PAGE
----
Architectural Highlights: Richard Meier

One of America’s most celebrated modern architects, Richard Meier’s work spans six exceptional decades. A member of the New York Five (along with Peter Eisenman, Michael Graves, Charles Gwathmey and John Hejduk), Meier is renowned for his abstract aesthetic, exquisite sense of proportion, and marked preference for the colour white. 

Architectural Highlights: Richard MeierRichard Meier was born in 1934 in New Jersey, and graduated from Cornell University in 1957 with a bachelor’s degree in Architecture. Despite the individuality of his style, he told Architectural Digest in 2013 that “You can’t escape the influence of architectural history,” naming several predecessors who have inspired his journey. Among them were classical architects Gian Lorenzo Bernini and Francesco Borromini, both celebrated for their intricate Italian palaces and churches, as well as 20th-century pioneers Le Corbusier and Louis Khan.

After graduation, Meier joined Skidmore, Owings and Merrill, the renowned firm that would later be responsible for both the Burj Khalifa skyscraper and the twisted Cayan Tower. Meier also worked for Marcel Breuer, who was one of the first creatives to apply modernist architectural techniques to domestic dwellings.

In 1963, Meier set up his own firm in New York and set to work. Early notable projects include the Smith House in Connecticut, a building that bears all the hallmarks of Meier’s now definitive style. In the early ’70s, the publication of a slim volume entitled ‘Five Architects’ by the group that would henceforth be known as the New York Five marked the start of Meier’s rise to international prominence. 

Over the years he has achieved prestigious accolades including both the Pritzker Prize and the AIA Gold Medal. His firm, Richard Meier & Partners, has been responsible for a number of celebrated designs in destinations ranging from Meier’s native New Jersey to Taipei and Edinburgh. Iconic buildings designed by the firm include the Getty Center in Los Angeles, the Barcelona Museum of Contemporary Art, and the Jubilee Church in Rome, all of which are characterised by pristine white façades and clean lines.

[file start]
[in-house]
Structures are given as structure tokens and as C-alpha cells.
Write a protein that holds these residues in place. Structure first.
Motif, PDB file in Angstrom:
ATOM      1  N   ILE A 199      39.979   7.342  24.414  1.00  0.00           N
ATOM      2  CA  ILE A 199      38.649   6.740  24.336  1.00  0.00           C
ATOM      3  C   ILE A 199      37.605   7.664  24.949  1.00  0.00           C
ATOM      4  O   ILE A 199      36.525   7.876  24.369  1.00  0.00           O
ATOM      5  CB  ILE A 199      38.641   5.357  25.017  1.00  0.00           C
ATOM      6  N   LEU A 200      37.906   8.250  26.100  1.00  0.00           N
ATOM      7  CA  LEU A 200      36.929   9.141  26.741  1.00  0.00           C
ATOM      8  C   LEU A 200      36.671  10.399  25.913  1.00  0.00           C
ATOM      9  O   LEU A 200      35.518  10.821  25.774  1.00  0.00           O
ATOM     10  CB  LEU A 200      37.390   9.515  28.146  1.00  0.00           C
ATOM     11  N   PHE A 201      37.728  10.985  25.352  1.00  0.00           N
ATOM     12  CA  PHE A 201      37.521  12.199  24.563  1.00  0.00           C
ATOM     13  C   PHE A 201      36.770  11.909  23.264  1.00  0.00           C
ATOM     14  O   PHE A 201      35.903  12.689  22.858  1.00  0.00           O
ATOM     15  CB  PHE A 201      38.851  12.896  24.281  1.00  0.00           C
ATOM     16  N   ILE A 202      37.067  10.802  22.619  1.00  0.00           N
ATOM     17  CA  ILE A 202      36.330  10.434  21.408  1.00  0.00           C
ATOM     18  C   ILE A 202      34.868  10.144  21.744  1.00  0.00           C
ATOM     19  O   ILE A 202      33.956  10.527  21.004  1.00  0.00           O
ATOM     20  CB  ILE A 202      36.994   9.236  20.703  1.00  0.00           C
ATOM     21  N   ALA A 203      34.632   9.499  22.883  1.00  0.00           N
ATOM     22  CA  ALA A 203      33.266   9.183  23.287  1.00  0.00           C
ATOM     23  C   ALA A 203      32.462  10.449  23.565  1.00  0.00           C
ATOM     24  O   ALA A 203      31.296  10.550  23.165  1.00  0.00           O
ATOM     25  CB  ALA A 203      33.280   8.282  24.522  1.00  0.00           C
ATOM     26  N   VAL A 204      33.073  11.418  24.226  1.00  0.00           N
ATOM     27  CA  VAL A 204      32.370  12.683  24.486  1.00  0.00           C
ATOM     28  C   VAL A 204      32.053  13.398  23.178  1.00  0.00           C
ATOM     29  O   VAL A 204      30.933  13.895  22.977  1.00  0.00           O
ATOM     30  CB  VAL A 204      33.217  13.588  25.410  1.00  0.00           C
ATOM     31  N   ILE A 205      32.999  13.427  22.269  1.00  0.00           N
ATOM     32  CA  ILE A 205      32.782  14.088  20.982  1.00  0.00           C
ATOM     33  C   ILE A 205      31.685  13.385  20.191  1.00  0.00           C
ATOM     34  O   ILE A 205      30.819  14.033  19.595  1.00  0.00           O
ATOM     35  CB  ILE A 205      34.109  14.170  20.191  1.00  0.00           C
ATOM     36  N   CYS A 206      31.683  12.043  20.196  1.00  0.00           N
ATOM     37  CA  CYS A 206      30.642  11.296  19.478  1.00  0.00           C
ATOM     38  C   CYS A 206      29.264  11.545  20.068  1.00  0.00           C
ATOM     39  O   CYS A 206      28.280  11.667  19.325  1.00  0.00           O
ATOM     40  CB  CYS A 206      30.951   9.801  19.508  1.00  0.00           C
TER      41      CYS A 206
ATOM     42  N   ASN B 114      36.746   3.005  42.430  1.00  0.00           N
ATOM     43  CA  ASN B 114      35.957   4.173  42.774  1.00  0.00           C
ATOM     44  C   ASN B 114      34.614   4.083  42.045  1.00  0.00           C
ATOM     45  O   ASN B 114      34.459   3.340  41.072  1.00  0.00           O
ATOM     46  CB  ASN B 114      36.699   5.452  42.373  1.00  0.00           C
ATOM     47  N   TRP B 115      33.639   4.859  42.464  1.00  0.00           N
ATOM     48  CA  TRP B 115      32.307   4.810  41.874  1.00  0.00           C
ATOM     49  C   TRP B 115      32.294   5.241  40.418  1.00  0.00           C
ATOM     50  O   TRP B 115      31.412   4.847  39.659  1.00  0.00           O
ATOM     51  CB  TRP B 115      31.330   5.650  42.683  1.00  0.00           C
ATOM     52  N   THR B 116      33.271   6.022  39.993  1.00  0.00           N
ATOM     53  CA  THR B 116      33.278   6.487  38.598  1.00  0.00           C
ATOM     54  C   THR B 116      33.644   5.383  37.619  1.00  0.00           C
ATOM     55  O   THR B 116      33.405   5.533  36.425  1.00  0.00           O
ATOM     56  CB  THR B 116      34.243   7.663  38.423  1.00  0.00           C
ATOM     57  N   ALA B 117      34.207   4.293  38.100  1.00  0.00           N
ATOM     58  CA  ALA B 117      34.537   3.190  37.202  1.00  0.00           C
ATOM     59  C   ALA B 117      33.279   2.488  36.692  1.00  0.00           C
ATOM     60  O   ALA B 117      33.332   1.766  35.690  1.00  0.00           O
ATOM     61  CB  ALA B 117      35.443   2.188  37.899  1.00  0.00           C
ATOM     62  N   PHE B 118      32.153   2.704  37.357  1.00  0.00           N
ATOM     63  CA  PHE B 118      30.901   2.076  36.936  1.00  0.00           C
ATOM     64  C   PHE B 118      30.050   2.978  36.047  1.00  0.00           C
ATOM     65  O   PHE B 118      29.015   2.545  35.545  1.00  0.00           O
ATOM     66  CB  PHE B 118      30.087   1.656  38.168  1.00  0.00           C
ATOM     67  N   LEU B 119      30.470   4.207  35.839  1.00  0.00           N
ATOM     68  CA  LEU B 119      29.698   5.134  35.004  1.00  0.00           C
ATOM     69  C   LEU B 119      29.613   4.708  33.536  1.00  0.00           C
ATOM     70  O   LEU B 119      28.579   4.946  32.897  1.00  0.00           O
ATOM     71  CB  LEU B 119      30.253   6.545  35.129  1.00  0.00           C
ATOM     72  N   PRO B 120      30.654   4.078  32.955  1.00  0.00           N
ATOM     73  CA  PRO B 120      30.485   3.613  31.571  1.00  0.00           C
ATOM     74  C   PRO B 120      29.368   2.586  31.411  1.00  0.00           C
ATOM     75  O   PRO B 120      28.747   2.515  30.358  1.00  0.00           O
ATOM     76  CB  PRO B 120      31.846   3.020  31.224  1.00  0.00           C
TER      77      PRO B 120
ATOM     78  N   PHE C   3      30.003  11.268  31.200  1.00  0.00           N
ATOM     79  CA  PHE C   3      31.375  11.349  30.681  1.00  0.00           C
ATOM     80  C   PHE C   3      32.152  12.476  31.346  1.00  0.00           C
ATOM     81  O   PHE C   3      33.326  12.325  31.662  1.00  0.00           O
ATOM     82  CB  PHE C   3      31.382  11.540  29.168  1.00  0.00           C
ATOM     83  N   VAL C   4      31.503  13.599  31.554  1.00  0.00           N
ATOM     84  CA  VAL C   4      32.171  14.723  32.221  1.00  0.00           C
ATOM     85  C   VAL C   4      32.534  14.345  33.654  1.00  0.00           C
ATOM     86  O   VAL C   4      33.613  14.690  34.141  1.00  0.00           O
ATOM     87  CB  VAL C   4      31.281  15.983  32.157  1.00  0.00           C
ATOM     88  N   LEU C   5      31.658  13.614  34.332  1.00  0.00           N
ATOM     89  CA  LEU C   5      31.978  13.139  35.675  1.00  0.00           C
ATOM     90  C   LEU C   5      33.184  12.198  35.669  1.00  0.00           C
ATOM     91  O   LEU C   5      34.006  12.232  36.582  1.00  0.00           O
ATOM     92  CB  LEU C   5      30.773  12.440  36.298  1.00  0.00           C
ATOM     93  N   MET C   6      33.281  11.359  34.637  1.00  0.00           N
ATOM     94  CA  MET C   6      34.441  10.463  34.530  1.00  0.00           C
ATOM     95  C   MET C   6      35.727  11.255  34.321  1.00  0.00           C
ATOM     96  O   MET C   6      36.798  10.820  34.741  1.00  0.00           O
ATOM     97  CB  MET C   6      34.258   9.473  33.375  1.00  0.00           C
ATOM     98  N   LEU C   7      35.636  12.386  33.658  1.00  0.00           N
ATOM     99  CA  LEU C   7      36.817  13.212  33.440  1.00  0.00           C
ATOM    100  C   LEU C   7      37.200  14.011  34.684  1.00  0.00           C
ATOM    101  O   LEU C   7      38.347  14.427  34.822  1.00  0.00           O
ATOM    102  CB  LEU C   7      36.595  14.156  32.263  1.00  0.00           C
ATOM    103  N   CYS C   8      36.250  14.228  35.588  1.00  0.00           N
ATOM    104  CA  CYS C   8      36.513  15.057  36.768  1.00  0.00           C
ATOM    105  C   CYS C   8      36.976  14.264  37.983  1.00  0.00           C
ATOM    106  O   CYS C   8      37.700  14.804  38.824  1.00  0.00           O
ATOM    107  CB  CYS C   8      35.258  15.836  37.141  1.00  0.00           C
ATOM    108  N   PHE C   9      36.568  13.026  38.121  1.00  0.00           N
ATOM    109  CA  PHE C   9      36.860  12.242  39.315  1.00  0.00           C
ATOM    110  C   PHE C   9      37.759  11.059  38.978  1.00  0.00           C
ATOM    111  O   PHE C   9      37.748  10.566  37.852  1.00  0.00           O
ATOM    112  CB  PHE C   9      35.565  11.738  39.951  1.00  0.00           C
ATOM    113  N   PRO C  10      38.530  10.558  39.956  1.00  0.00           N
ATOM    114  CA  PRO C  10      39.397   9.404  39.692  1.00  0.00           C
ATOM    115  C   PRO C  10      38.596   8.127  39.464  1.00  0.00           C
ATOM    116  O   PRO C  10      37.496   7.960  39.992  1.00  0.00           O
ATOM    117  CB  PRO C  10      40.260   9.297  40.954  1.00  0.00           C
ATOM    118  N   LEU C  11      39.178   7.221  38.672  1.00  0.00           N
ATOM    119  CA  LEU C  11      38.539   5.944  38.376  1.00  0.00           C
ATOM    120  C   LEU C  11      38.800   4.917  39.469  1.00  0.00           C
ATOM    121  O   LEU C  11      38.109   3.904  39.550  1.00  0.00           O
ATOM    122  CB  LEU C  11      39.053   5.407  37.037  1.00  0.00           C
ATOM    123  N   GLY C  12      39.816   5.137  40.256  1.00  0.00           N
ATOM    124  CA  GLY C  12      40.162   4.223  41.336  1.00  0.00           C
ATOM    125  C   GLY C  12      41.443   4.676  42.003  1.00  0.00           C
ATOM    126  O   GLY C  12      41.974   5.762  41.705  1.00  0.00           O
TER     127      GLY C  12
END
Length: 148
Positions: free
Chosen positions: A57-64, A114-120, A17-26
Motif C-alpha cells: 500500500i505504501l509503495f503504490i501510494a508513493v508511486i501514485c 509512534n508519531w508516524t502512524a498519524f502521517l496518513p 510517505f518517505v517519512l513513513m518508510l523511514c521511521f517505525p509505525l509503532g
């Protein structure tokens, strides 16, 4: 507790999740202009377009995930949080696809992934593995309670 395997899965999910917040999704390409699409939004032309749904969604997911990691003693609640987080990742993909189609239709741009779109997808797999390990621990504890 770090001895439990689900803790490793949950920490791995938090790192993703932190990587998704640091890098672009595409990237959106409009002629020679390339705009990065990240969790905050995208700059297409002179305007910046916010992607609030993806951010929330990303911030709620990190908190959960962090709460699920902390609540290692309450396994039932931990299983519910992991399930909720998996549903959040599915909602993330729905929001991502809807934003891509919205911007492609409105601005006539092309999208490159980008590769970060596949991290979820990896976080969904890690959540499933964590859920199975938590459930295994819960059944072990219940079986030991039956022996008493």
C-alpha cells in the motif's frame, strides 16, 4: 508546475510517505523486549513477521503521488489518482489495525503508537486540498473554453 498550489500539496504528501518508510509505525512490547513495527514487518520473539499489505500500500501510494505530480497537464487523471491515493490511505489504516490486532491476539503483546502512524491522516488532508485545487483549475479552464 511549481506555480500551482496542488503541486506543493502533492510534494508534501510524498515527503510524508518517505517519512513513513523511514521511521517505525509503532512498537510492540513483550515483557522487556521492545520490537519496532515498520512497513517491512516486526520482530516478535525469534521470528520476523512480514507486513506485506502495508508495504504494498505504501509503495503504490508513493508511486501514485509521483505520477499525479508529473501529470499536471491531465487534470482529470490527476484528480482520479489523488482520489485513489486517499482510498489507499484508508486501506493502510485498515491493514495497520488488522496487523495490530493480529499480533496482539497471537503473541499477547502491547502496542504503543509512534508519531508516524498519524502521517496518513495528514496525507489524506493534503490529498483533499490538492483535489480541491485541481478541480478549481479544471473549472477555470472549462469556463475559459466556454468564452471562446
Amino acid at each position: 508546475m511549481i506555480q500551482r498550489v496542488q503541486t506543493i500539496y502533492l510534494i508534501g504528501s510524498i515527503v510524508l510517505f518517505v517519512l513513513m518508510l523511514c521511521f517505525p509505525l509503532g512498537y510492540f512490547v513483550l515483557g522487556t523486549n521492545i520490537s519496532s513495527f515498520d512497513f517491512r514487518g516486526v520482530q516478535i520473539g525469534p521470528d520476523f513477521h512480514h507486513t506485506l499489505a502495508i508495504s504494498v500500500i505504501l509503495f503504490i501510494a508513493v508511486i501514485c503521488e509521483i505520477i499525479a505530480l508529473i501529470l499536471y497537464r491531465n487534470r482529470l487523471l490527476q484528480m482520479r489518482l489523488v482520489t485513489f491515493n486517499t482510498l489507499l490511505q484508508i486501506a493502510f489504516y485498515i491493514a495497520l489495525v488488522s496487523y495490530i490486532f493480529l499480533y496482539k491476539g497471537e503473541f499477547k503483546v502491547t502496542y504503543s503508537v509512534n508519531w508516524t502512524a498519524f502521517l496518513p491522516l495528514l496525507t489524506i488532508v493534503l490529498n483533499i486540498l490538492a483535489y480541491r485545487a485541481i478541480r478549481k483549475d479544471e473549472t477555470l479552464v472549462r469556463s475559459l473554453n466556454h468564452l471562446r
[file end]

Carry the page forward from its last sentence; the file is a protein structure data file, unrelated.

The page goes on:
Richard Meier has also been instrumental in designing modernist residential properties. A notable example is the Douglas House on the shores of Lake Michigan, completed in 1973. The property is set into the side of a steep hill, and has the appearance of a futuristic monolith emerging from the trees. The slope is so steep that access to the house is from roof level.

The early Smith House in Connecticut provides another classic example of Meier’s aesthetic. The property is split into public and private sections, with large windows in the public section offering unrivalled views across Long Island Sound. The private section is shielded by an opaque wall. The Rachofsky House in Dallas, now a private museum, appears to float above a podium. Large windows at the rear of the property look over the swimming pool, while the front of the house is shielded by an opaque facade.

If you are interesting in investing in an exclusive modernist property, get in touch with Engel & Völkers. Our portfolio includes an array of architecturally interesting buildings in highly desirable locations. E&V represent properties in 39 countries across five continents, so wherever you are planning to buy, our local agents will be able to offer their expert assistance.

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